When I interview him about this book, he said the interviewers tried—they asked questions about reality, about objective reality, about objective meaning. No matter how the phrase the questions, the people just kind of scratched their heads and looked at them. They couldn’t even imagine what they were talking about. It’s not that they understood what they’re talking about and denied it. They couldn’t imagine what they were talking about. That’s how deep the subjectivization of has sunk and I don’t think that’s just restricted to non-believers. In fact, the evidence and that our Christmas gathers suggest that no, that’s a lot of people who profess belief in Christ. Equally believe that far from being an ordered and meaningful creation, they live in something that’s without form and void. How do we get here? I’ve spent most of my adult life trying to figure that out. How do we get here where there’s hostility towards the arts, typically although that’s improved in my lifetime. In Christian circles and hostility toward transcendent meaning typically outside the church. And I discovered a curious fact, I discovered that even though my church life and my involvement with the arts seem to be animated by a posing assumptions, I gradually came to realize that they both suffered from a very diminishing atrophied appreciation for the meaning of creation.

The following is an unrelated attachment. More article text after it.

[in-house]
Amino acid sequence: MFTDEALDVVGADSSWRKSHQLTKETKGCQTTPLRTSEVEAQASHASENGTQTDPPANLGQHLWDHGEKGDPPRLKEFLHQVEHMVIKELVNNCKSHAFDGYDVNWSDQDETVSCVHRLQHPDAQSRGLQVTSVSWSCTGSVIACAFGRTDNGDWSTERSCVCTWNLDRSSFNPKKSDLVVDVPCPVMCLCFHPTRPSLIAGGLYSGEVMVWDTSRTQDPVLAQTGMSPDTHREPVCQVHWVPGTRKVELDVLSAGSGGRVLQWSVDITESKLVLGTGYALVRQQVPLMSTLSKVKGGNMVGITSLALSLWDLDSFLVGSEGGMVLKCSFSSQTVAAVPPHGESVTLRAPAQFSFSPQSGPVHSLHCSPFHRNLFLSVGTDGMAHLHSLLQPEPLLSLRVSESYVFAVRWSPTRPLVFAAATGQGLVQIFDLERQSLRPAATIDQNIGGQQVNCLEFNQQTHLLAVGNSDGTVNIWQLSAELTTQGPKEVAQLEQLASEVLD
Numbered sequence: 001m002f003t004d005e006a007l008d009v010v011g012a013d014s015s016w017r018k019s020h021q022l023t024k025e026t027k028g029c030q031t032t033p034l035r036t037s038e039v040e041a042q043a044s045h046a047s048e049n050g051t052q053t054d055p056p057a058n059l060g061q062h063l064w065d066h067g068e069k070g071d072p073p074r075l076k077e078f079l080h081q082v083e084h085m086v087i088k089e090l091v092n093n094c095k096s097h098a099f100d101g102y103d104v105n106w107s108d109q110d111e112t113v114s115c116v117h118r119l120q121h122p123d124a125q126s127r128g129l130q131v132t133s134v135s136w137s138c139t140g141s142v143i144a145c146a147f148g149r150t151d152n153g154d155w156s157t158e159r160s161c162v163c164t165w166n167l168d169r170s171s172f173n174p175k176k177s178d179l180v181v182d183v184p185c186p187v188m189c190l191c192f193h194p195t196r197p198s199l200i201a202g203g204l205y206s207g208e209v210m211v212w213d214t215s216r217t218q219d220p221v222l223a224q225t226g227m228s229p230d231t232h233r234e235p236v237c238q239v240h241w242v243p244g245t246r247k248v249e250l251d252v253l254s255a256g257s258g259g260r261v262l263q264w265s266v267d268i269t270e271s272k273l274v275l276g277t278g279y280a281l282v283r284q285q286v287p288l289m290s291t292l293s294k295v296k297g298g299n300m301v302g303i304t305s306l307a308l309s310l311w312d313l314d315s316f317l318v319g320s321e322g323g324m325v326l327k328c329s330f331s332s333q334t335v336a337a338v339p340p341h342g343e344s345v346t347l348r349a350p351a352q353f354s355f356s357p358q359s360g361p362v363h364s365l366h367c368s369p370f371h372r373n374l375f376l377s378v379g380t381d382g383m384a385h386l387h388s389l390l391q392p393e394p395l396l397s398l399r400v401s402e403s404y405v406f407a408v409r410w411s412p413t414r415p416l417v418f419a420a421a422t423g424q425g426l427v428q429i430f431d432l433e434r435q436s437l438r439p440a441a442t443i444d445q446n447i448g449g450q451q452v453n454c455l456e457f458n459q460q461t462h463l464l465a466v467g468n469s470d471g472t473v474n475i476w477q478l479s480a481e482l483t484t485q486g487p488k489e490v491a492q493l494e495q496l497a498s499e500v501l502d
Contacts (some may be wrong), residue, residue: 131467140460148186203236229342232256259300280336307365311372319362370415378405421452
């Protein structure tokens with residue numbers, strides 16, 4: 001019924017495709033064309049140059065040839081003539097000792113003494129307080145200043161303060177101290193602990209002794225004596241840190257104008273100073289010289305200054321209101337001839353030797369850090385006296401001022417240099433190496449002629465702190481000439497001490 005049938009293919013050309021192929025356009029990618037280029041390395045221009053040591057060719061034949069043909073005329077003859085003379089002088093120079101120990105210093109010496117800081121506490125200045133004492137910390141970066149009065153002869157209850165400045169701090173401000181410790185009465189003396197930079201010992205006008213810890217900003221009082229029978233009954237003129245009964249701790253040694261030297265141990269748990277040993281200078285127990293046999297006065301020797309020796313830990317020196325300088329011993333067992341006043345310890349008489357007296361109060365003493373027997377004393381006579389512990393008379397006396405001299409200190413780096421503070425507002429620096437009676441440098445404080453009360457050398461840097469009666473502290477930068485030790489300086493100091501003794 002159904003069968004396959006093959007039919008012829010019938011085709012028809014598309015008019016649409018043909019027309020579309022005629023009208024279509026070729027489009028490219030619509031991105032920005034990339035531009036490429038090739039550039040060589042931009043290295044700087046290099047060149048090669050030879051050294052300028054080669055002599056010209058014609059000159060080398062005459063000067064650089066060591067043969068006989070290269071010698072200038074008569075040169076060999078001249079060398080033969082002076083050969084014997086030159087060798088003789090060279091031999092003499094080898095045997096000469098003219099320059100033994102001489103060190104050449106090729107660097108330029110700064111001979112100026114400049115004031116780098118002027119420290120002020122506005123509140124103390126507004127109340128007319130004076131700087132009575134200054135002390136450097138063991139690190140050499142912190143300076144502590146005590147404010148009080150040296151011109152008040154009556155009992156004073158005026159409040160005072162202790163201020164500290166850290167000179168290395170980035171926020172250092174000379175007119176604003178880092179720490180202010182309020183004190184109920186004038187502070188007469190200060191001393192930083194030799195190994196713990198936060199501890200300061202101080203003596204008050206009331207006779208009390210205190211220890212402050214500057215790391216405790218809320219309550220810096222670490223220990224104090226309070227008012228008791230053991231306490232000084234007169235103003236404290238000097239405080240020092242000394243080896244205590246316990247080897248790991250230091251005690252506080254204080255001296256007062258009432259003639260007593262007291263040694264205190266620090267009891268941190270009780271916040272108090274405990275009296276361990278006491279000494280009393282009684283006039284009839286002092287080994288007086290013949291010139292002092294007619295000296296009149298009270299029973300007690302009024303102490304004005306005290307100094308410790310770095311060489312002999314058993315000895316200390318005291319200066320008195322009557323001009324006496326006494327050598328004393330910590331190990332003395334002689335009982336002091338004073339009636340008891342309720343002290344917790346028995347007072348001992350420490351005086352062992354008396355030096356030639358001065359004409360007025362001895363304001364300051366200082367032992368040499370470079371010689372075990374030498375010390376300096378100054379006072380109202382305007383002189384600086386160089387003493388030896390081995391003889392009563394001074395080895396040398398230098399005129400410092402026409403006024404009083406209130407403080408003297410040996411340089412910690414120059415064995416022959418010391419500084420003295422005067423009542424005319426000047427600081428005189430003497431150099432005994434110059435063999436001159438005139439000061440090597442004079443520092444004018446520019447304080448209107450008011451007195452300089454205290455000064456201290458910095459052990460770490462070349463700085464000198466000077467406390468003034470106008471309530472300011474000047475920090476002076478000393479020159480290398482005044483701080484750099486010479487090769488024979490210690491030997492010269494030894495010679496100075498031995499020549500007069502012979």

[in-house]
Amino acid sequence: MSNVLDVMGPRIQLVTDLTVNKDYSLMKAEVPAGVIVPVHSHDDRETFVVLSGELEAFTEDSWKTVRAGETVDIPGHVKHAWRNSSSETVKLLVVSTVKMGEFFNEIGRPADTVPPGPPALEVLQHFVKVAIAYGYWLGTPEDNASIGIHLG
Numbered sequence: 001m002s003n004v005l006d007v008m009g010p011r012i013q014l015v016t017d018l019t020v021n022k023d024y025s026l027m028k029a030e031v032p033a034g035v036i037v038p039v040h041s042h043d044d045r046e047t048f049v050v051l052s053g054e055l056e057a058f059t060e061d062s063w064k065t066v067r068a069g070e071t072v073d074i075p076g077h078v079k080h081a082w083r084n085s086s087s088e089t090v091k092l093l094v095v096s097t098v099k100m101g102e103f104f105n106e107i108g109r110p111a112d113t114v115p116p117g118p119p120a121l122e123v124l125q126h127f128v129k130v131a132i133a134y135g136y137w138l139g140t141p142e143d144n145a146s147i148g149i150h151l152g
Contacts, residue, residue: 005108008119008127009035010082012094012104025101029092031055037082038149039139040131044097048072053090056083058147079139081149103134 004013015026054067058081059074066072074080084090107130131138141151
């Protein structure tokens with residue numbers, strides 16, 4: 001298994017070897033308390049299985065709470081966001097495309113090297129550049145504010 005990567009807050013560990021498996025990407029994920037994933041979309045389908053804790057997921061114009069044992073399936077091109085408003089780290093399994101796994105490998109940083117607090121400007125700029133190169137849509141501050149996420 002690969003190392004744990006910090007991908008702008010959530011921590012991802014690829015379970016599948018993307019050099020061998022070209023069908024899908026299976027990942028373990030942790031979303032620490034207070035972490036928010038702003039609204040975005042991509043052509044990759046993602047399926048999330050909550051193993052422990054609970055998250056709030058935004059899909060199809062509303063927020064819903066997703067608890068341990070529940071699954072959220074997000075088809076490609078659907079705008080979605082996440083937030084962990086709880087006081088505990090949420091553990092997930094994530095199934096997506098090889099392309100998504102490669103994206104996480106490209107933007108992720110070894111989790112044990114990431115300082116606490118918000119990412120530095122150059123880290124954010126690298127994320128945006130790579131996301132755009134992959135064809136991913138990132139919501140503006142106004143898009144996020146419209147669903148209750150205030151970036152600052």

Modern Christians have often assumed that they could relate to God apart from any kind of deliberate relation to creation. And modern seculars assume that they can relate to nature without recognizing or honoring the creator in any way. For both sides, creation tends to be raw material, meaningless stuff awaiting human creativity to achieve its significance. Modern Christians have tended to pursue an understanding of God that was more and more abstract, and God became more and more transcendent. Believe it a transcendent God but I also believe in an imminent God, a God who is engaged with creation, a God who provides food for all of His creatures, not just because in some way, He set up mechanisms for food distribution. You know, on day one, and then walks away and watched from a distance.